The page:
So, if you are considering this car, budget for a Q2 diff upgrade if it has not been done, and negotiate with the owner. Be preventative and it will save you thousands down the track and improve your driving experience drastically. Isn’t this after all the reason you want to buy an Alfa in the first place. Price wise, it’s upwards of $3000 to repair a broken diff, maybe much more if it’s chewed up the gears. The Q2 can be fitted for less than that.

Tony Dron, from the UK’s The Telegraph, wrote  great article explaining more: http://www.telegraph.co.uk/motoring/carreviews/2744796/What-a-difference-a-diff-makes.html

Belts

Cambelt changes for the V6 were lowered from 72,000 to 60,000 miles or 5 years. However Alfa revised the 2 litre down further to only 32,000 miles/3 years, so my advice is reduce it further for the V6. If you are not sure, either walk away or budget to replace the belt as soon as possible. Change the timing belt at the same time

Water pump:

Worth changing this when you remove the cambelt. The original used a plastic impeller that was well known to crack over time.

One owner suggests to use the water pump from the 3.0 GTV which had a metal impellor and thus lasts longer. According to the forum member there “are no compatibility issues with this. I have found that if you use a pattern pump, some cambelt tensioning tools will not work on them. Its not a major issue and competent mechanic should be able to work around this.”

Ensure oil levels are topped up, as an engine with low oil suggests poor maintenance.

Flat spots or an unwillingness to rev may indicate a faulty air flow meter (MAF)

Brakes:IMG_4756

The 3.2 V6 has the largest stoppers in the range with 330 mm (13.0 in) ventilated discs at front. The GT comes as standard with anti-lock braking system with electronic brake force distribution and hydraulic brake assistance.

Suspension:

Suspension was toughened up for the GT to improve handling but the front wishbone and anti-roll bar suspension bushes can wear. A squeak from behind the dash can alert you to the change. For the rear, check the rear hub bushes and rear radius arms, for if these are faulty it can lead to uneven tyre wear.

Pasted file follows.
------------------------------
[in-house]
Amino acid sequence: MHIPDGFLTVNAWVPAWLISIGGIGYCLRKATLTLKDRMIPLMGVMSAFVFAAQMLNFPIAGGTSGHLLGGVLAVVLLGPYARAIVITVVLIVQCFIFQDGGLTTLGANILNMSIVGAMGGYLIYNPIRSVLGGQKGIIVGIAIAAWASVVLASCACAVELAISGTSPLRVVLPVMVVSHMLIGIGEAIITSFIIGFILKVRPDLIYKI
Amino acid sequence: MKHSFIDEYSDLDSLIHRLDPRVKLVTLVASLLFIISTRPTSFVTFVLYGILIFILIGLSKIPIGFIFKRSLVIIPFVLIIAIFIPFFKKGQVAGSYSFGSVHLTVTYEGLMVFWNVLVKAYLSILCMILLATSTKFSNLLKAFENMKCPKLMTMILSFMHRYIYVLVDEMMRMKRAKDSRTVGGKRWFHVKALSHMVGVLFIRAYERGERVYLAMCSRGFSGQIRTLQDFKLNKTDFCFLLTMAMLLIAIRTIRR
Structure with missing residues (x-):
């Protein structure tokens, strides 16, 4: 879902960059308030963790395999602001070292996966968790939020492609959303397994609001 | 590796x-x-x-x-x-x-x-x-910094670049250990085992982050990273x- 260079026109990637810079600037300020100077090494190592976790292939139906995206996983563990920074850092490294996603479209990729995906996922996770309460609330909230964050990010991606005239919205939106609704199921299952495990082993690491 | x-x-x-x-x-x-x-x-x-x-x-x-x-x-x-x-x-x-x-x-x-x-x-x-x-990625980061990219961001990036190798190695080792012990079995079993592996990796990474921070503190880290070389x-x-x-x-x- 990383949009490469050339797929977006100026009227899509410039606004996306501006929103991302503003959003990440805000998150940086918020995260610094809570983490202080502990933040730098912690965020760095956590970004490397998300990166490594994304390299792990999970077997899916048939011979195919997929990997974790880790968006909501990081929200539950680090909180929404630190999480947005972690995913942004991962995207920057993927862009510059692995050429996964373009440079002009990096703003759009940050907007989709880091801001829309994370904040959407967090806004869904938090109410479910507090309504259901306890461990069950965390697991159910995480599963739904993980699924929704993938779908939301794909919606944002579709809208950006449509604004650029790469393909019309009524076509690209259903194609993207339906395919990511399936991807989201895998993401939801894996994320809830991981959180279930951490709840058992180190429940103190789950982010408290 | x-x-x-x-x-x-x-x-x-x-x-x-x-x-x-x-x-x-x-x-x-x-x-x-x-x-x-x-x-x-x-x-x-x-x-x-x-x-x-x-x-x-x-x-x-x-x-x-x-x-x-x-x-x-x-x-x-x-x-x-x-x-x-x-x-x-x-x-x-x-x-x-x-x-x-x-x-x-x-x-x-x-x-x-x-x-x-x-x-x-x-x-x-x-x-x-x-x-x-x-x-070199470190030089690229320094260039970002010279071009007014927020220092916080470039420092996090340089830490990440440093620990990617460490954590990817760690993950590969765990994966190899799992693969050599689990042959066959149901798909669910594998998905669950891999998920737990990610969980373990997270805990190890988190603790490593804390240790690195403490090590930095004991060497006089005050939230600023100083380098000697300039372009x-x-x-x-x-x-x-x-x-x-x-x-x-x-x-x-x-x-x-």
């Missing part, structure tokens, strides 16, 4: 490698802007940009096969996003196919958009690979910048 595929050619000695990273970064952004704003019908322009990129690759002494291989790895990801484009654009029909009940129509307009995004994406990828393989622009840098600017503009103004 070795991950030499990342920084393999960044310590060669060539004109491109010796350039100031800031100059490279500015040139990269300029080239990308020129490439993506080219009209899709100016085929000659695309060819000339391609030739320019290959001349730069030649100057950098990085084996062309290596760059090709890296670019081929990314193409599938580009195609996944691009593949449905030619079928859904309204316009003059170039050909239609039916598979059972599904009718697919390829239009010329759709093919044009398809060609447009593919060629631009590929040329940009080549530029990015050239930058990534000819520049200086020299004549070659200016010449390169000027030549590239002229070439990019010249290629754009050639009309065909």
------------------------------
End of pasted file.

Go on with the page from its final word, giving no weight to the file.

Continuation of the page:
Clutch:

It’s hardy but can become heavy with age. If the gear lever does not move easily across the gate you will need a pair of bushes in the pivot point on top of the gear box. Another $200 or so.

Internal:

There has not been too many issues electrically but  check all the warning lights come on and then switch off after approximately 3 seconds. If they don’t, you know what to do.

External:

The tailgate can leak slightly and has a habit of squeaking in its aperture, but regular silicon spray silences that.

Paint fades, especially red into pink.

Rust can still be an issue but at least it won’t be hiding, it will be clear as day say on the roof or around the front screen.

A poor panel fit or variations in paint colour indicate there has been an accident.

The front undertray is prone to grounding as you drive over speed bumps, which is a legacy of the 156 platform.

Conclusion

So is it worth it? After spending less than half an hour in Nadim’s GT, I can say yes, as long as you maintain it fastidiously, it is worth it. The sound, the traction and the power delivery overcomes all and it really is a car you should try before you discount it. Like with many of the cars Rezoom reviews, if you are prepared to budget $2-4000 per year to keep the car in fine fettle, then you may become like the rest of the Alfisti, well and truly hooked.